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Steve Earle is a fixture in the singer-songwriter firmament. Even excluding his first run of hugely popular records (before his reconstructive stint in prison in the early 1990s), he’s had more success in more ways than almost any of his contemporaries. When he got out, he was both sober and determined to make good on his promise to a fellow inmate not to blow this chance. He’s been making exceptional records, at the terrific rate of nearly one per year, ever since.


Earle is that rarest of birds: a songwriter’s songwriter who has maintained a commercial viability. Yet he is also an astonishingly prolific writer and producer, an actor (his role as Walon on HBO’s The Wire was central to the redemptive themes of the fifth and final season), a poet, a progressive activist, a continuously-touring musician, a husband, a father, and a recovering addict. The man is an inspiration to anyone who holds a pen, and not just because he is good at what he does, but because he remains impressively zealous about it all. There’s no quit on his horizon, no complacency in his tone. When I reached him by phone, he immediately apologized for missing our previous date, listing a series of prior commitments that got in the way. He’s “holed up in Woodstock working on a book”, he told me, “and it just slipped away” from him. Fair enough.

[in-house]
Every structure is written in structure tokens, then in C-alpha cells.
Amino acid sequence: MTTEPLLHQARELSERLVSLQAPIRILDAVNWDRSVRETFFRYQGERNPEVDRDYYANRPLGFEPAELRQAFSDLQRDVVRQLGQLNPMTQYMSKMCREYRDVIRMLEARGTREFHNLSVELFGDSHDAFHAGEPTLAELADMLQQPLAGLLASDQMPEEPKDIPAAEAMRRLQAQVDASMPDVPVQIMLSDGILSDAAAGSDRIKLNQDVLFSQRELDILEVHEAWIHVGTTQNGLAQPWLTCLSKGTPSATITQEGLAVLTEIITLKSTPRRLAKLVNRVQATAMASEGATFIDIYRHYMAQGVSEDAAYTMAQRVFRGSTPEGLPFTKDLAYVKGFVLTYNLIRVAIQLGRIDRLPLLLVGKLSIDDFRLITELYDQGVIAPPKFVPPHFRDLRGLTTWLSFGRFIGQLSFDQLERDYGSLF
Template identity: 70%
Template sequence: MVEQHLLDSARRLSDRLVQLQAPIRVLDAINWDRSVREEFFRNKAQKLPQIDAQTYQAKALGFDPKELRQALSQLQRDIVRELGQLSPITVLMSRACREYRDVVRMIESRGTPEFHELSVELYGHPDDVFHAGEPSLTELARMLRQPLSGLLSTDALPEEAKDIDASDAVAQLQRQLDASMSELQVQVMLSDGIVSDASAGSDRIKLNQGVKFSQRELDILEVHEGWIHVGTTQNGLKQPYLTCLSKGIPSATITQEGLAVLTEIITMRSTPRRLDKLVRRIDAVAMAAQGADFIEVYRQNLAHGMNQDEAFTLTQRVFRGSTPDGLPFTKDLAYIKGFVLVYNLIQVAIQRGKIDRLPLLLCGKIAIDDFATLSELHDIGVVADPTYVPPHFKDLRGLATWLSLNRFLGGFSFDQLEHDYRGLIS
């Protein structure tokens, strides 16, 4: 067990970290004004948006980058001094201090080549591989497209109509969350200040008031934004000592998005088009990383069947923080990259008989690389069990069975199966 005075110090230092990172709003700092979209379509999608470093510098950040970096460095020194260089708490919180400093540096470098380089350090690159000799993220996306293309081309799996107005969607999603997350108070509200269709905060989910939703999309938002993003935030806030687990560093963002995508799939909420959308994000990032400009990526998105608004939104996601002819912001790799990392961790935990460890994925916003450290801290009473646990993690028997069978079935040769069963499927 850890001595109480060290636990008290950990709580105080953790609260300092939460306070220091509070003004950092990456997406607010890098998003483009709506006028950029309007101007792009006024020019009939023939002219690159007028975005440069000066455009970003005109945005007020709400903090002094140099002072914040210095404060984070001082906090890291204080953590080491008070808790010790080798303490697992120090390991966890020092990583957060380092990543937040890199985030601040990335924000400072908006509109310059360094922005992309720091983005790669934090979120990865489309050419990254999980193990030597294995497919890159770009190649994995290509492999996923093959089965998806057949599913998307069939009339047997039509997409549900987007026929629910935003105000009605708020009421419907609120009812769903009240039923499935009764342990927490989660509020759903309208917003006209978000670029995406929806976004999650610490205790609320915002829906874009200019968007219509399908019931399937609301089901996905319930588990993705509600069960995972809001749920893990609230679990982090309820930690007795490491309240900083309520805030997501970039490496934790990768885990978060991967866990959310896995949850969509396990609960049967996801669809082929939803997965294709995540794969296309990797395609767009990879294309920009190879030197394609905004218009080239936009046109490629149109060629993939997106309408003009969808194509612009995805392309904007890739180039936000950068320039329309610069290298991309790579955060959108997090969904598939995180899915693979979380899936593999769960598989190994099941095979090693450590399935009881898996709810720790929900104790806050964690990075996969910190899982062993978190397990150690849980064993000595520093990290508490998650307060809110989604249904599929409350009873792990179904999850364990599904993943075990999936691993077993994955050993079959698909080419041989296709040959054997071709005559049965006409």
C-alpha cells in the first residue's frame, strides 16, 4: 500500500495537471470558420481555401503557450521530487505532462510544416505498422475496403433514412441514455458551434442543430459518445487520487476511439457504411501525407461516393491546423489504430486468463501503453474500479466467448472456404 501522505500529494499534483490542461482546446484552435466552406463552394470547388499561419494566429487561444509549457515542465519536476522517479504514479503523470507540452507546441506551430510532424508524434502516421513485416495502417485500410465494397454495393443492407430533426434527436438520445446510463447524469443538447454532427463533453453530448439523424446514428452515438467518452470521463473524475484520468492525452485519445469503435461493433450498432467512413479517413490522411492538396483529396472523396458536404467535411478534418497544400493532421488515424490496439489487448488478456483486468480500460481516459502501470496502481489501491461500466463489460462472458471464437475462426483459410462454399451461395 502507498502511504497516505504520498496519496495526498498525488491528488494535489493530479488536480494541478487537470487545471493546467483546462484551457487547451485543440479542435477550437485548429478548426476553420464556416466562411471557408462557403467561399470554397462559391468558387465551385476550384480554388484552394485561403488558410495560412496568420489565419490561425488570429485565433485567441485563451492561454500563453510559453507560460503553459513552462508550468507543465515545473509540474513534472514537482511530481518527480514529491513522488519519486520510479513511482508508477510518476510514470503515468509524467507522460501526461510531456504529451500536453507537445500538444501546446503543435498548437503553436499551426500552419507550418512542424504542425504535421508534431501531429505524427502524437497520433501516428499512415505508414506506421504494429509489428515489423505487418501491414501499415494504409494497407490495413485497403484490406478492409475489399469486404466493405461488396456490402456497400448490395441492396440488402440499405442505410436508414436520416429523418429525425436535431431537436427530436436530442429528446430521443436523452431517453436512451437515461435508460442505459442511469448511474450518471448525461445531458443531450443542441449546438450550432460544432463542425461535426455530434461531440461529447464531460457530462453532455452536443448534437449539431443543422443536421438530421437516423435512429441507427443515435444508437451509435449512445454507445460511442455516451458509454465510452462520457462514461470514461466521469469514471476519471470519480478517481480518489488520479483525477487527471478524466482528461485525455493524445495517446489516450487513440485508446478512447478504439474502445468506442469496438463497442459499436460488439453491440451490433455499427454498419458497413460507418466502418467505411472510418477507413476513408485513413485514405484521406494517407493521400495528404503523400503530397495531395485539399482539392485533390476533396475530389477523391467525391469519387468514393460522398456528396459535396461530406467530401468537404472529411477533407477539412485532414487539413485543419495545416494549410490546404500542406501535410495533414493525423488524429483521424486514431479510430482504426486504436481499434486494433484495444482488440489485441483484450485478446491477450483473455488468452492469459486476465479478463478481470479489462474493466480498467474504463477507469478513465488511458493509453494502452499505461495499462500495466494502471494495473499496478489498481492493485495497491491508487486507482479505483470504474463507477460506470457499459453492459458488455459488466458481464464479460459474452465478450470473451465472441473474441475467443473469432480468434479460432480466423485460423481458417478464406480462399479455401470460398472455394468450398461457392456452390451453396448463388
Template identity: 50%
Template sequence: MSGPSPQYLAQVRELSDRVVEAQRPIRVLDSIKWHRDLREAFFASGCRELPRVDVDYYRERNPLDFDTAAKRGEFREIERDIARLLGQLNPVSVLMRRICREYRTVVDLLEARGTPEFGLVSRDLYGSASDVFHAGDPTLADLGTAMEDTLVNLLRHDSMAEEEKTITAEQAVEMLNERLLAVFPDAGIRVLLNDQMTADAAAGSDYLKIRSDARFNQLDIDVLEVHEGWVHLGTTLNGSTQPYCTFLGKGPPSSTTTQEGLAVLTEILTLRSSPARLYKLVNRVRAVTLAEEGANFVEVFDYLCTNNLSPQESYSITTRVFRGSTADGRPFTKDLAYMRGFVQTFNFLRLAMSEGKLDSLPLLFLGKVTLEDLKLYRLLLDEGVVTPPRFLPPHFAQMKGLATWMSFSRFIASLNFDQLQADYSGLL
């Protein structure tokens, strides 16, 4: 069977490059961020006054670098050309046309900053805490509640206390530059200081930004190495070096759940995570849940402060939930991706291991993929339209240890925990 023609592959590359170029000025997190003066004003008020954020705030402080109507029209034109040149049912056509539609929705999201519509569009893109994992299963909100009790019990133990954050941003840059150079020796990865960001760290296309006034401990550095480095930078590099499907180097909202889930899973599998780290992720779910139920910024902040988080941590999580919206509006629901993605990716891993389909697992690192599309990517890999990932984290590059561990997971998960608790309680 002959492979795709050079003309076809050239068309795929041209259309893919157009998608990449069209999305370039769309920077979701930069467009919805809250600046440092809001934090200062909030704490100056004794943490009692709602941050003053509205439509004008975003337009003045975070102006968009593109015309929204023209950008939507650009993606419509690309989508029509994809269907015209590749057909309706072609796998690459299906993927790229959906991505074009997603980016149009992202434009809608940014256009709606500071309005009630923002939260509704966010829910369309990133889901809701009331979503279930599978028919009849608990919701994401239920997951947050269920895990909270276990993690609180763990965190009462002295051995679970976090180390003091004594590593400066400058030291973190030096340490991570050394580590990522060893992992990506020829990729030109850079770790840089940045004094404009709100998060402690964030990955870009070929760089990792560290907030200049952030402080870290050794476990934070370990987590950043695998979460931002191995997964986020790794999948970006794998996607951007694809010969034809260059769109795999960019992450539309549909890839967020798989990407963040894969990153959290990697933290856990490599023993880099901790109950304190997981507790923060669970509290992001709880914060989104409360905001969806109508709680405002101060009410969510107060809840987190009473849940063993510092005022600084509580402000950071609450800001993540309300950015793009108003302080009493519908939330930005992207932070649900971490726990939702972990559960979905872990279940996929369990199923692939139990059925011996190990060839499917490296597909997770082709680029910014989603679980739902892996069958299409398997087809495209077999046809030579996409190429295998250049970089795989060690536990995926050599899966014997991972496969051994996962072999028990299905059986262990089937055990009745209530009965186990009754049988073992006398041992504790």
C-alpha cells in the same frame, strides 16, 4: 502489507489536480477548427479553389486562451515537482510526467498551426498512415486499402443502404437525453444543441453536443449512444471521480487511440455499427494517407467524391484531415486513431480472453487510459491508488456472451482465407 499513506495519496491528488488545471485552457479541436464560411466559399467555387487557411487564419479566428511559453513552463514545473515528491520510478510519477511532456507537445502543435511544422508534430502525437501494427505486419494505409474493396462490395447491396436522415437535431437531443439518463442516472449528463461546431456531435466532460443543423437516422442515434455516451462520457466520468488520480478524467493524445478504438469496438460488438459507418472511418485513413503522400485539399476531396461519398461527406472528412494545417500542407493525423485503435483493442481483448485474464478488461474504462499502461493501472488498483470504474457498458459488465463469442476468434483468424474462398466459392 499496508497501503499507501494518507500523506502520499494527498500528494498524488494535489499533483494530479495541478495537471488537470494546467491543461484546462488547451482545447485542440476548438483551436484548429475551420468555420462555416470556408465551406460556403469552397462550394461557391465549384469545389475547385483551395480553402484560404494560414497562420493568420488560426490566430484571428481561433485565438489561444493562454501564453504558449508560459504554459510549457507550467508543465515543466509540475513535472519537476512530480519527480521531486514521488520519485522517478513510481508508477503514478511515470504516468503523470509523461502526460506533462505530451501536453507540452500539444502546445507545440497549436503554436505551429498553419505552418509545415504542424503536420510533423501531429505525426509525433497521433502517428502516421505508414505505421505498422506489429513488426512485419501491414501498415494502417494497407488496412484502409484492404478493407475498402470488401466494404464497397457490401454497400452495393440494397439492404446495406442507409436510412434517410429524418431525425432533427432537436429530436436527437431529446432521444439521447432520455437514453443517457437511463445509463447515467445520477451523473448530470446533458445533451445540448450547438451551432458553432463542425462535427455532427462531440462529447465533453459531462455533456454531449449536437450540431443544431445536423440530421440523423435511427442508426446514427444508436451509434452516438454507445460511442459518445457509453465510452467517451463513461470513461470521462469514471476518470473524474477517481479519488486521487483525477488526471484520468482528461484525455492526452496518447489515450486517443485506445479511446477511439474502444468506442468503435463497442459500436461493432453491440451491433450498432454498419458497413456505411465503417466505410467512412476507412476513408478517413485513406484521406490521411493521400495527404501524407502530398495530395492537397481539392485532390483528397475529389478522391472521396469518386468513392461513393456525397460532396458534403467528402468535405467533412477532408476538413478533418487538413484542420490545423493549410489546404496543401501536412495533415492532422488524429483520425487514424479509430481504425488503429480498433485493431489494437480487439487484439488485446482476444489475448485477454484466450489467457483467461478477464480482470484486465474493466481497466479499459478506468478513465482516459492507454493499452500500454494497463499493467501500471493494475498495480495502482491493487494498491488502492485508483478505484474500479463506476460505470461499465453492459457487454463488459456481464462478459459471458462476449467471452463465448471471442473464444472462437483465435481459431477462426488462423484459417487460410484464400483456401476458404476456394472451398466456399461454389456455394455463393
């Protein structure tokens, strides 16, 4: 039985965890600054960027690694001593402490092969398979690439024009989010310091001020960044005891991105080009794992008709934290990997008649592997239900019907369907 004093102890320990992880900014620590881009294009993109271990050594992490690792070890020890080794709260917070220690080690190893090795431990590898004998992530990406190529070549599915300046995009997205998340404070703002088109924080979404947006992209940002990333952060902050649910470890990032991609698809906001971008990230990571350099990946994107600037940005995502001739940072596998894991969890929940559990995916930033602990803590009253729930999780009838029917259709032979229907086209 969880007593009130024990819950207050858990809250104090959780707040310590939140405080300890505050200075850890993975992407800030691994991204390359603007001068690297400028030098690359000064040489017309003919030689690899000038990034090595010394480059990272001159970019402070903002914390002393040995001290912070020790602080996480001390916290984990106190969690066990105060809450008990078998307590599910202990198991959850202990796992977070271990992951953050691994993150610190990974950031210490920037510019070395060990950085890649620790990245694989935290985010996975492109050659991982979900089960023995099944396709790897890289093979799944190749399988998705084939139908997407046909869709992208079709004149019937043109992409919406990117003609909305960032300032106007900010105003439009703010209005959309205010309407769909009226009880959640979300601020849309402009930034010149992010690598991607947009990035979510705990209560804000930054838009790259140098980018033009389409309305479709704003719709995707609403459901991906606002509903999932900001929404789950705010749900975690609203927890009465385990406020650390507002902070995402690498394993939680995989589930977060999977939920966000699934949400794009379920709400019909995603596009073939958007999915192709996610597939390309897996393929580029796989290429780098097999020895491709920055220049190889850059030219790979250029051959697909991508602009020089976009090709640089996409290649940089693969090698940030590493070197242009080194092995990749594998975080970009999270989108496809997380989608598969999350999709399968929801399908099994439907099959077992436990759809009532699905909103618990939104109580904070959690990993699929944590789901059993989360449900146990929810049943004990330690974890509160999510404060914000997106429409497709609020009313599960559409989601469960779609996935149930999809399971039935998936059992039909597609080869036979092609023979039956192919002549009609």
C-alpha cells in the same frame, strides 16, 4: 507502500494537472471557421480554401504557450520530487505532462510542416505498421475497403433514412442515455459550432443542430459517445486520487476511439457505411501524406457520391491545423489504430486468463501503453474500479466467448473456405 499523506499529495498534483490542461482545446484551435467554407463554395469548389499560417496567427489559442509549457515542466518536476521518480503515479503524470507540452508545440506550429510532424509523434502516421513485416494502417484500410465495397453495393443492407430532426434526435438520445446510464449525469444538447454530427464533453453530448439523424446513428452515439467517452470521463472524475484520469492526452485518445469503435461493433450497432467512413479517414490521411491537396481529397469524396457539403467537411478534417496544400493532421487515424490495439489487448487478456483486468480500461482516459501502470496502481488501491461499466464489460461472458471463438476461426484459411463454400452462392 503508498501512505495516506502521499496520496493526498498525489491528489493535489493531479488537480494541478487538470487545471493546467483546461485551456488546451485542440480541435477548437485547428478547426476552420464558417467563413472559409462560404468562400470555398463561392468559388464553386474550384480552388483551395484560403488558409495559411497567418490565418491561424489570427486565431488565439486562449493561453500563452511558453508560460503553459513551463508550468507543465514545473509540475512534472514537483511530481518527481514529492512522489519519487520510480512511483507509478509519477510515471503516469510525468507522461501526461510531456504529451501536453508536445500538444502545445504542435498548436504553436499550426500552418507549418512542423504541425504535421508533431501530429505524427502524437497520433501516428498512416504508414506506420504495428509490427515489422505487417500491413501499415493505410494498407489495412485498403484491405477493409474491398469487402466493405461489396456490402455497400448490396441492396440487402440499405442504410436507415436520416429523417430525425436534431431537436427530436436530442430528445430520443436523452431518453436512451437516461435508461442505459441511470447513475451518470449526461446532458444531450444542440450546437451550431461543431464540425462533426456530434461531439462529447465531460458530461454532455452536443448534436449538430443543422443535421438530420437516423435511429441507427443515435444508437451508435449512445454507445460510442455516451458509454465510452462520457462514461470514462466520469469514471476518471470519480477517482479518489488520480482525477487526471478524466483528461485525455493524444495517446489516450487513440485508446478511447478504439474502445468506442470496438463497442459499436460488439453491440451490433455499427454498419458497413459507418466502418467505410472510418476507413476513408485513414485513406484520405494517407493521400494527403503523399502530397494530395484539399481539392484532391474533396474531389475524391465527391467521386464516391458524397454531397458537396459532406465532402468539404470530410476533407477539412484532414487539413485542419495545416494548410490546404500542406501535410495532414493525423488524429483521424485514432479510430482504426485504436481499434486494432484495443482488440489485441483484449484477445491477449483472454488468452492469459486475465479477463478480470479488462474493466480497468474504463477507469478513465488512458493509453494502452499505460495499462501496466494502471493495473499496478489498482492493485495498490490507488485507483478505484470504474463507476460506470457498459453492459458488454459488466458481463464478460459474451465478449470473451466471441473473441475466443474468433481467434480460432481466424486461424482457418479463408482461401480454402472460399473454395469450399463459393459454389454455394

To my mind, the best interviews are the ones where you don’t have to say anything. Where the guy at the other end of the phone just wants to chat and, for whatever reason, has decided to talk to you about exactly the stuff you hoped he would. Earle hit the ground running when I told him I was calling to talk about his recollections of Townes Van Zandt, in anticipation of his just-finished album of covers of his mentor’s stuff. Having lived on a steady diet of Van Zandt and Earle since I first discovered them (in ‘92 and ‘88, respectively), I simply couldn’t think of anything else I’d rather be discussing. Listening to a living master as he tells of his formative relationship with the man whom many consider to be the greatest songwriter to ever put pick to strings—this was my enviable experience. And, best of all, he came to play. I got one question off, and from that moment forward Earle barely stopped for breath. It got to the point where I was literally interrupting him just to get a word in edgewise. It was like getting caught in some kind of verbal tornado, all swirling with the chaos of an artist’s mutable certainties.


There’s passion, and then there’s fucking passion.